Crime Watch 8

Leader of drug gang receives life in prison

Richard Grundy III (Provided Photo)

INDIANAPOLIS (WISH) — A man who prosecutors say ran a violent drug gang has received a life sentence in prison.

Richard Grundy III was sentenced Thursday morning on federal drug charges.

Police and prosecutors described Grundy as one of Indianapolis’ most violent and notorious drug dealers.

He was accused of selling more than 3,700 pounds of marijuana and 280 pounds of meth in Indianapolis between April 2016 and November 2017 while leading the so-called “Grundy Gang.”

Local, state, and federal officials claimed they tracked the Grundy Crew for about a year, buying, selling and distributing the drug in the Circle City and making millions from drug transactions. 

“Listening to wire taps for about six, seven months in this case. We had confidential informants being developed. FBI and Indianapolis Metropolitan Police Deparment personnel doing controlled buys, buying drugs from people,” says Assistant U.S. Attorney Brad Blackington.

At one point, Grundy was connected to as many as ten murders. Prosecutors dropped those charges in 2017 when Grundy entered a plea deal for dealing marijuana.

“Mr. Grundy obviously had his day in court on those murders and he beat us. He beat us. Grundy beat those charges and he held a press conference and bragged about it,” said U.S. Attorney Josh Minkler.

Hours after Grundy had taken the plea deal and left the court house investigators revealed that their team made a large drug seizure that gave them probable cause to arrest Grundy again. This evidence would be the start of what would result in his life prison sentence.

Grundy had been arrested at least seven times between 2007 and 2015. He had spent a significant time dodging prosecution. Police say he was known to threaten potential witnesses to protect to dissolve the case.

“Indianapolis is a safer community today with Grundy and his associates off the streets,” said Minkler. “This sentence sends a clear message that if you choose to traffic drugs into our neighborhoods and endanger our citizens, we will find you, and you will be prosecuted to the full extent of the law.”

Four more people – Ezell Neville, 41, Undrae Moseby, 30, Derek Atwater, 33, and James Beasley, 39 – have been convicted in related cases. A total of 22 people have been convicted in connection to Grundy’s drug operation.

The statuses of other co-defendants is as follows:

  • David C. Carroll, sentenced on Nov. 5, 2019, to 96 months
  • Michael Hyatte, sentenced on Dec. 18, 2018, to 12 months and one day 
  • Lance Hatcher, Jr., awaiting sentencing
  • Nathaniel Dixson, sentenced on Nov. 27, 2018, to 120 months
  • Conway Jefferson, dismissed on Nov. 17, 2017
  • Robert Lisenby, Jr., sentenced on Oct. 24, 2018, to 276 months
  • Torin A. Harris, sentenced on Nov. 26, 2018 to 120 months
  • John E. Bell, sentenced on Nov. 14, 2018, to 180 months
  • Shemilah D. Crowe, sentenced on May 2, 2019, to 60 months
  • Gilberto Vizcarra-Milan, sentenced on Dec. 5, 2019, to 300 months
  • Mario Eduado Villasenor, sentenced on Oct. 30, 2019, to 48 months
  • Christopher D. Bradford, pending trial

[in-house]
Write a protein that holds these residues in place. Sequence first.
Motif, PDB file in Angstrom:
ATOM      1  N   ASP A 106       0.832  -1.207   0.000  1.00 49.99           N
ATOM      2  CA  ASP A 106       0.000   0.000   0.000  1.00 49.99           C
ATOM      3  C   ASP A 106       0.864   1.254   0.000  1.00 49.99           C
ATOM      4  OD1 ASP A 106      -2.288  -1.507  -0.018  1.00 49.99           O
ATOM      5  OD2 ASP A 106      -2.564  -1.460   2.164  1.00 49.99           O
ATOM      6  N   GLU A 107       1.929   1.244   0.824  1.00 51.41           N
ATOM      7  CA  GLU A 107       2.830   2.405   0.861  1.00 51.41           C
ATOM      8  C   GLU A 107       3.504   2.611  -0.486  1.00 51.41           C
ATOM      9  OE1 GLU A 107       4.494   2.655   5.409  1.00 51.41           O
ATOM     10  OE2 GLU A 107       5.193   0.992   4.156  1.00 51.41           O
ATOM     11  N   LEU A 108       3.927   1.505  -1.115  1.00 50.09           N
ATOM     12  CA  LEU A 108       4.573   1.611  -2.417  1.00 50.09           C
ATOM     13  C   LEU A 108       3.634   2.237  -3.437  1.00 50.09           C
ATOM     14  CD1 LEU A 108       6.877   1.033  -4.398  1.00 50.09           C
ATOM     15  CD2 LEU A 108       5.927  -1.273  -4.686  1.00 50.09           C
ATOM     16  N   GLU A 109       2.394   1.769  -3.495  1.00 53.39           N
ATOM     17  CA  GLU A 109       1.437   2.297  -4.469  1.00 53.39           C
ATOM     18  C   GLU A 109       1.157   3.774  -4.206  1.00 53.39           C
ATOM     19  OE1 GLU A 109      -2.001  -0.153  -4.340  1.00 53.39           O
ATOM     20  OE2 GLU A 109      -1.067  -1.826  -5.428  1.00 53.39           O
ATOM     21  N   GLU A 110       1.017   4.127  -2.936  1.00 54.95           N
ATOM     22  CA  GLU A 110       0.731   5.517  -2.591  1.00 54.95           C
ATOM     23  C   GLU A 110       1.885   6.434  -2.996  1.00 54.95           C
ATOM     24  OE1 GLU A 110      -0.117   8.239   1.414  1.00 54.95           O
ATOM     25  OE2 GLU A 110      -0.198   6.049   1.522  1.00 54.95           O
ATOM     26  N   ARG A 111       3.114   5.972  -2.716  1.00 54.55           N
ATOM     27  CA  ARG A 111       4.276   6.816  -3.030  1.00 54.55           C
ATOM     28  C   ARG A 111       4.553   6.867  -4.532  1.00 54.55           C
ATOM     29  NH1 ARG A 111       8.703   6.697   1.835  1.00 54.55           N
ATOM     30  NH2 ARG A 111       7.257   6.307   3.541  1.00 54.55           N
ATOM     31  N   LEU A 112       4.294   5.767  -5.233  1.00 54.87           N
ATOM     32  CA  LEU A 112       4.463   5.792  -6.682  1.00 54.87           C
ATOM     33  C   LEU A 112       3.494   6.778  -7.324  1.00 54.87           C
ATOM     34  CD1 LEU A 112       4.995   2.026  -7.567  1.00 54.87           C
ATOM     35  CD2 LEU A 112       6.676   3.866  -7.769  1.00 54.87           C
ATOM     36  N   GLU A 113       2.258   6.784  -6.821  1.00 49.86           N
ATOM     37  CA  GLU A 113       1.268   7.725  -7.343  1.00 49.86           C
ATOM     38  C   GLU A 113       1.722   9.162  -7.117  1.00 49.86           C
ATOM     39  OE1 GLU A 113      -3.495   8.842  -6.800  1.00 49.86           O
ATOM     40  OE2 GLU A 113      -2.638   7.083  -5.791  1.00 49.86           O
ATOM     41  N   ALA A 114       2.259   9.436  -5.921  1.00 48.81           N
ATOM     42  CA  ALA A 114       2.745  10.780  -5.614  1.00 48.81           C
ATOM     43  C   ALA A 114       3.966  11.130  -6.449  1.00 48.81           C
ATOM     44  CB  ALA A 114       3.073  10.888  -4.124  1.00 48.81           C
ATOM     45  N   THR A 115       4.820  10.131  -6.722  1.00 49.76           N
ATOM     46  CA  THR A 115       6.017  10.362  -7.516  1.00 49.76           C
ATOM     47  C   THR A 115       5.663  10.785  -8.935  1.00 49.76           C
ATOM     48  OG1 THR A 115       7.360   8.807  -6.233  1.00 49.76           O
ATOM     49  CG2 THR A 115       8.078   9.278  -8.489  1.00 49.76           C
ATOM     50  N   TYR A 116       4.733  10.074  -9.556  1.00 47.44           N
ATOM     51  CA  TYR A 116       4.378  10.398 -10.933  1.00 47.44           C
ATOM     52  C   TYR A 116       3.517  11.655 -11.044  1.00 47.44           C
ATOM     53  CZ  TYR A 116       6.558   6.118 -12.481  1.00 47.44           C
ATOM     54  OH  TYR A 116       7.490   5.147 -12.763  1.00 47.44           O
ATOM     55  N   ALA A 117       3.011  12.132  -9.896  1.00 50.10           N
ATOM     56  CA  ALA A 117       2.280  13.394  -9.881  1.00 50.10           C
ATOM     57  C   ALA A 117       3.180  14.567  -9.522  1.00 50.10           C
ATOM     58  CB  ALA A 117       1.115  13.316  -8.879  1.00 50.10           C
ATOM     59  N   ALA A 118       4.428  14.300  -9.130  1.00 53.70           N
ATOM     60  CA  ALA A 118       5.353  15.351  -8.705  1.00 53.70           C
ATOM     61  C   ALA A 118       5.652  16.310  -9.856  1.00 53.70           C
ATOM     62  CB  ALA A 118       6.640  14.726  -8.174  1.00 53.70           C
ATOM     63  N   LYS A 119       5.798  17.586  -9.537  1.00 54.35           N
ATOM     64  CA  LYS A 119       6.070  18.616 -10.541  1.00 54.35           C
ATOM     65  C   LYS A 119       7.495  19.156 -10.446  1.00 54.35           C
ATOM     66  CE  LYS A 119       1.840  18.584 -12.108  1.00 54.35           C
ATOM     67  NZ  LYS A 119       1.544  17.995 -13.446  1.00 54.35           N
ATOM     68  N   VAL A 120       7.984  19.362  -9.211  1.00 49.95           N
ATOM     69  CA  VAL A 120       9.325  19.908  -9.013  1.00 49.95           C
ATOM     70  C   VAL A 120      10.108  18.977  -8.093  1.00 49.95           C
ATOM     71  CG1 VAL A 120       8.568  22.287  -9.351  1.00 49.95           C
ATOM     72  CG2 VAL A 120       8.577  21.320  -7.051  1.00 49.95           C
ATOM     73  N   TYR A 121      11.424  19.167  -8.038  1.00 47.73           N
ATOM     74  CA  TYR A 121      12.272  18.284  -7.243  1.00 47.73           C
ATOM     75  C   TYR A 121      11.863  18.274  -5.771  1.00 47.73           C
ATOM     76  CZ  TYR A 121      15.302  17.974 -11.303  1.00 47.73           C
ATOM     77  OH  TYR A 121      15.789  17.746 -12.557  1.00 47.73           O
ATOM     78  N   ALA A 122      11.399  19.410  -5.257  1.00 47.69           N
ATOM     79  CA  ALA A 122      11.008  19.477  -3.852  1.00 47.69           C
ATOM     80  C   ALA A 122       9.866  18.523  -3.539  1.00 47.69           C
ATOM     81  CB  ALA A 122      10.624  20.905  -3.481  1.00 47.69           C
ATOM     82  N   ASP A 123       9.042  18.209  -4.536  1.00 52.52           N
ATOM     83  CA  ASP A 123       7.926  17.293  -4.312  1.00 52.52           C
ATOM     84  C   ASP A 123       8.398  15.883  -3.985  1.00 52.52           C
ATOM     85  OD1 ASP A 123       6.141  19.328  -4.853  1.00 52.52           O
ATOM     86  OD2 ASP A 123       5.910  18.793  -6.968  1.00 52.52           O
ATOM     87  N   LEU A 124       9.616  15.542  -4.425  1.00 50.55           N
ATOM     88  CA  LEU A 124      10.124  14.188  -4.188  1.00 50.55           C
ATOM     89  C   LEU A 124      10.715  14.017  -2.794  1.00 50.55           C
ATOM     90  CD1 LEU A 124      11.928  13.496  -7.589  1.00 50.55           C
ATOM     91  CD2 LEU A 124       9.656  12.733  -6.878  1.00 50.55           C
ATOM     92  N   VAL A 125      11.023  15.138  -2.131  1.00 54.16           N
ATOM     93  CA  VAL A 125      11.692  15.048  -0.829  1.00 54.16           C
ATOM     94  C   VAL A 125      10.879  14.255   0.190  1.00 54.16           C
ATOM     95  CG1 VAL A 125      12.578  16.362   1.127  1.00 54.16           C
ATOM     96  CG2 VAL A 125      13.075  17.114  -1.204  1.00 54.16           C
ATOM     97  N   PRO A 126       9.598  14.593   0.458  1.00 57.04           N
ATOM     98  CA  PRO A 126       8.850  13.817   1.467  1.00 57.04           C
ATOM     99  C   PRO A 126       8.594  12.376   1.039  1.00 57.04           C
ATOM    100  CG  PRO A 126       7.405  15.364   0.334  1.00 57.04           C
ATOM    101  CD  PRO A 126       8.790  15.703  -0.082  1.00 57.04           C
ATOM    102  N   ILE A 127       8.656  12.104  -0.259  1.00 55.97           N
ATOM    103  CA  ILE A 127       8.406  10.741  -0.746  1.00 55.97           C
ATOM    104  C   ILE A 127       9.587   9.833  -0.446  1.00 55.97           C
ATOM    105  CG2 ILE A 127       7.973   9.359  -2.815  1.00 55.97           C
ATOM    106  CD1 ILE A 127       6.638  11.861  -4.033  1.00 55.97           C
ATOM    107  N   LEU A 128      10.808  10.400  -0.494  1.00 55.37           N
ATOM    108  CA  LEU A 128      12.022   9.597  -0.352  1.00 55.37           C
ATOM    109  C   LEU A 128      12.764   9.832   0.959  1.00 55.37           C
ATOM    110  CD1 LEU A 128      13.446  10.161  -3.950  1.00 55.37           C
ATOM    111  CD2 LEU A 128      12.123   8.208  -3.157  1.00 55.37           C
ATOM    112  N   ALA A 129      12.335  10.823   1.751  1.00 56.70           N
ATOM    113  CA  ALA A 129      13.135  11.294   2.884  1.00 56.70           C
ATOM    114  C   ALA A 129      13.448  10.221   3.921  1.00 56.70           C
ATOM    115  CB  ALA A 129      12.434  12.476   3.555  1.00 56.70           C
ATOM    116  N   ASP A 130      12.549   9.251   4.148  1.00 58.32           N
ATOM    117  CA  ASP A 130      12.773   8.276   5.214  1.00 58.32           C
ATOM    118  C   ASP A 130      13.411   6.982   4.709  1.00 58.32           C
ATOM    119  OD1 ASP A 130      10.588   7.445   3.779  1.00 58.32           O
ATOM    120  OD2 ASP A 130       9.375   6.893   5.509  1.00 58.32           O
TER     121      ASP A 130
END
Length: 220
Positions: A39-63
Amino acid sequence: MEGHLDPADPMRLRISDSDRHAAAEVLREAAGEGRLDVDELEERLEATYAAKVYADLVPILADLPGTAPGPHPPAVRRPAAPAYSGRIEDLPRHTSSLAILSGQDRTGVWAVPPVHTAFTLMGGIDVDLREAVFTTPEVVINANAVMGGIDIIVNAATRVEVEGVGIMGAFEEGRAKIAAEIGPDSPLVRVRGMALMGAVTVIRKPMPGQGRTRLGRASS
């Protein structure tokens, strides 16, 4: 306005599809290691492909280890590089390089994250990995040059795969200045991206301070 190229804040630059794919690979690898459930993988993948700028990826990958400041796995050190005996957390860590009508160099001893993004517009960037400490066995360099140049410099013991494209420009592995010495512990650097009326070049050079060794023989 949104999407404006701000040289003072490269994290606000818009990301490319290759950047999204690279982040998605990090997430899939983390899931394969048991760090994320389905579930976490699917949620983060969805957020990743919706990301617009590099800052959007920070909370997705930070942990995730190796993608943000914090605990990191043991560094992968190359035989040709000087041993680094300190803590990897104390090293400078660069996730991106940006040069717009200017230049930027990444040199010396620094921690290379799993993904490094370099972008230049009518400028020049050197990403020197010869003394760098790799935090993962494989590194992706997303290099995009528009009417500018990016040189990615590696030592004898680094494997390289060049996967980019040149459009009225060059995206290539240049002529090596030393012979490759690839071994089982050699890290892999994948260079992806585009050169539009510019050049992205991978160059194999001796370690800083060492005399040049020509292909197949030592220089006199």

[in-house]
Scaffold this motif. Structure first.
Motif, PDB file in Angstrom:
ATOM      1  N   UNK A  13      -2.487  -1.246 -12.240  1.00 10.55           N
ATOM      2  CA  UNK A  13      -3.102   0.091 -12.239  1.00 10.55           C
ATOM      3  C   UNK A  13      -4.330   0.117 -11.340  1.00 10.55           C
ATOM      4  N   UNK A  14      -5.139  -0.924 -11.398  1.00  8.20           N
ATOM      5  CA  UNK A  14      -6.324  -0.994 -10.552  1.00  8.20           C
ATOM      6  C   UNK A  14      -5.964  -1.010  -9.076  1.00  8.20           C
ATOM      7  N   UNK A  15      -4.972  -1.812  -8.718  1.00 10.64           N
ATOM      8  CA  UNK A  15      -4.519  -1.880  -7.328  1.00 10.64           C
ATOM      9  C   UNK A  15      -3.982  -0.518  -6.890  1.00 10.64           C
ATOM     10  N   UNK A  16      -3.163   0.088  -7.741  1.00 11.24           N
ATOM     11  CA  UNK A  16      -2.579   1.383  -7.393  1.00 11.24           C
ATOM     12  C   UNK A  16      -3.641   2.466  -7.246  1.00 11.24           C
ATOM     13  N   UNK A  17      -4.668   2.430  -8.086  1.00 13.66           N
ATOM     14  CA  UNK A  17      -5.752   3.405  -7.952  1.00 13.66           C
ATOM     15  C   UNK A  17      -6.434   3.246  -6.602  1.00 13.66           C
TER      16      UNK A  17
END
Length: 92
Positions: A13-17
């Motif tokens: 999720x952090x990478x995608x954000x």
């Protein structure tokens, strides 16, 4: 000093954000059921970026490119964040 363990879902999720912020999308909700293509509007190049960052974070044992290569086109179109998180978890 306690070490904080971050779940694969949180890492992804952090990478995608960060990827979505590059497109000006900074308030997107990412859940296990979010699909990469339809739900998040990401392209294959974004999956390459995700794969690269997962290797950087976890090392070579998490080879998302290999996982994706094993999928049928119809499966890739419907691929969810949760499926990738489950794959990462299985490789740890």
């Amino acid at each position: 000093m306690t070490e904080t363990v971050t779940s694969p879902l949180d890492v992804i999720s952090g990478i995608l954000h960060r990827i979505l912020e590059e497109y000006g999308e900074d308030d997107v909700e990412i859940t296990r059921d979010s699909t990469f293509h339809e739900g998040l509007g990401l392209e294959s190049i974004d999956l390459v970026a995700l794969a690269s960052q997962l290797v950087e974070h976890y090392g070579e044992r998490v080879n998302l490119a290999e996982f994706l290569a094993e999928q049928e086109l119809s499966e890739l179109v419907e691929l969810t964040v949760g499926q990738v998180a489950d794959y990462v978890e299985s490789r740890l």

• Emilio Mitchell, II, sentenced on Nov. 20, 2019, to 120 months
  • Thomas Bullock, sentenced on April 11, 2019, to 120 months
  • Mark T. Williams, sentenced on Dec. 11, 2019, to 240 months
  • Isiah T. Finch, sentenced on Sept. 25, 2019 to 36 months
  • Dion G. Madison, sentenced on April 10, 2019, to 97 months
  • Frank S. Early, sentenced on June 24, 2019, to 46 months
  • Emilio Mitchell, Jr., sentenced on May 14, 2019, to 57 months
  • Daona Le’Ann Gholston, sentenced on April 9, 2019, to 30 months

Previously, Grundy’s trial was moved to Evansville in July after a Marion County judge declared a mistrial.

At one point during that trial, the jury had to be replaced because Grundy stole un-redacted FBI documents from his attorney.

He was assigned a new attorney for Thursday’s sentencing.

“Today’s sentencing is the culmination of years of cooperative efforts among local and federal law enforcement partners in Marion County,” said IMPD Chief Bryan Roach. 

In court, it was stated that his criminal record dates back to when he was just 12 years old.

“2014 is when I first remember, I think there was a double homicide on North Rural and I think that is when we as an agency started connecting dots to Mr. Grundy,” said Roach.

Grundy has requested to be placed in a prison near his family.

The judge says she would make a recommendation to the Federal Bureau of Prisons but ultimately it would be their choice. The U.S. Attorney’s Office says they want him to be placed in the super-max prison in Florence, Colorado so that he cannot continue to run a drug trafficking ring from inside prison walls.

In court Grundy’s family described him as “smart”, the court agreed with the claim towards his intelligence and referenced all of the times he was able to dodge prosecution.

“Do you think your dad deserves to spend his life in prison,” asked News 8. “Not at all,” said Grundy’s 14-year-old daughter Ranyia Grundy.

“Why not?”

“Because he is too good of a person. All he has been trying to do is really help people but they don’t see that. And that stuff, not all of that stuff is true,” she said.

Grundy said he plans to file an appeal.

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